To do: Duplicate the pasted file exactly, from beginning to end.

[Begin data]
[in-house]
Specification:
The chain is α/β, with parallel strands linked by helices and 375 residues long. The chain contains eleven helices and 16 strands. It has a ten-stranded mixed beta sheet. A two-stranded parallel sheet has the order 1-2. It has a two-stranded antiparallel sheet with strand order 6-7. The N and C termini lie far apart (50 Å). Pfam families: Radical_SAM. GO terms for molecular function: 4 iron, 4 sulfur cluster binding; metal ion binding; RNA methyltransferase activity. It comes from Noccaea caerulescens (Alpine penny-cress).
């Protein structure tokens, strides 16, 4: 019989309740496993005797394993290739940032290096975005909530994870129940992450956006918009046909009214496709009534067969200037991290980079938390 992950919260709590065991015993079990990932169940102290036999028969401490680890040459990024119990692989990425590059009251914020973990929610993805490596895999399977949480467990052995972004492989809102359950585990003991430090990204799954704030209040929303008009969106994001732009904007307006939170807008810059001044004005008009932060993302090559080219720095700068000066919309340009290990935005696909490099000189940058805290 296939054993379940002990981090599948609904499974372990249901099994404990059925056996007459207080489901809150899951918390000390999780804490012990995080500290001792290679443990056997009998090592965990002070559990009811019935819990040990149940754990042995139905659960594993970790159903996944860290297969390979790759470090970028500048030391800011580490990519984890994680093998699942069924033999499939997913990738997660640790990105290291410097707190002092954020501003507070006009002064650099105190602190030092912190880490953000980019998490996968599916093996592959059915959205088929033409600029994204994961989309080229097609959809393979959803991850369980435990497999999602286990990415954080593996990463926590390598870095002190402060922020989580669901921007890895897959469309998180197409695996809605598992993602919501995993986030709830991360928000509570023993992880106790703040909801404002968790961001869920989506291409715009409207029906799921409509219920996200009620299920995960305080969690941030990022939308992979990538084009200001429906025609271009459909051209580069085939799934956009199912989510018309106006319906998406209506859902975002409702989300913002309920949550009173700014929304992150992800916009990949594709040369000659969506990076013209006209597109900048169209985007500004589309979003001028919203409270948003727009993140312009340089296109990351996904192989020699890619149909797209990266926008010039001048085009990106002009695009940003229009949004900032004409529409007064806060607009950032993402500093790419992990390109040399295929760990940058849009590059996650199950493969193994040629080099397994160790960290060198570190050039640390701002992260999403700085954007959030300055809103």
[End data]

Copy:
[in-house]
Specification:
The chain is α/β, with parallel strands linked by helices and 375 residues long. The chain contains eleven helices and 16 strands. It has a ten-stranded mixed beta sheet. A two-stranded parallel sheet has the order 1-2. It has a two-stranded antiparallel sheet with strand order 6-7. The N and C termini lie far apart (50 Å). Pfam families: Radical_SAM. GO terms for molecular function: 4 iron, 4 sulfur cluster binding; metal ion binding; RNA methyltransferase activity. It comes from Noccaea caerulescens (Alpine penny-cress).
């Protein structure tokens, strides 16, 4: 019989309740496993005797394993290739940032290096975005909530994870129940992450956006918009046909009214496709009534067969200037991290980079938390 992950919260709590065991015993079990990932169940102290036999028969401490680890040459990024119990692989990425590059009251914020973990929610993805490596895999399977949480467990052995972004492989809102359950585990003991430090990204799954704030209040929303008009969106994001732009904007307006939170807008810059001044004005008009932060993302090559080219720095700068000066919309340009290990935005696909490099000189940058805290 296939054993379940002990981090599948609904499974372990249901099994404990059925056996007459207080489901809150899951918390000390999780804490012990995080500290001792290679443990056997009998090592965990002070559990009811019935819990040990149940754990042995139905659960594993970790159903996944860290297969390979790759470090970028500048030391800011580490990519984890994680093998699942069924033999499939997913990738997660640790990105290291410097707190002092954020501003507070006009002064650099105190602190030092912190880490953000980019998490996968599916093996592959059915959205088929033409600029994204994961989309080229097609959809393979959803991850369980435990497999999602286990990415954080593996990463926590390598870095002190402060922020989580669901921007890895897959469309998180197409695996809605598992993602919501995993986030709830991360928000509570023993992880106790703040909801404002968790961001869920989506291409715009409207029906799921409509219920996200009620299920995960305080969690941030990022939308992979990538084009200001429906025609271009459909051209580069085939799934956009199912989510018309106006319906998406209506859902975002409702989300913002309920949550009173700014929304992150992800916009990949594709040369000659969506990076013209006209597109900048169209985007500004589309979003001028919203409270948003727009993140312009340089296109990351996904192989020699890619149909797209990266926008010039001048085009990106002009695009940003229009949004900032004409529409007064806060607009950032993402500093790419992990390109040399295929760990940058849009590059996650199950493969193994040629080099397994160790960290060198570190050039640390701002992260999403700085954007959030300055809103």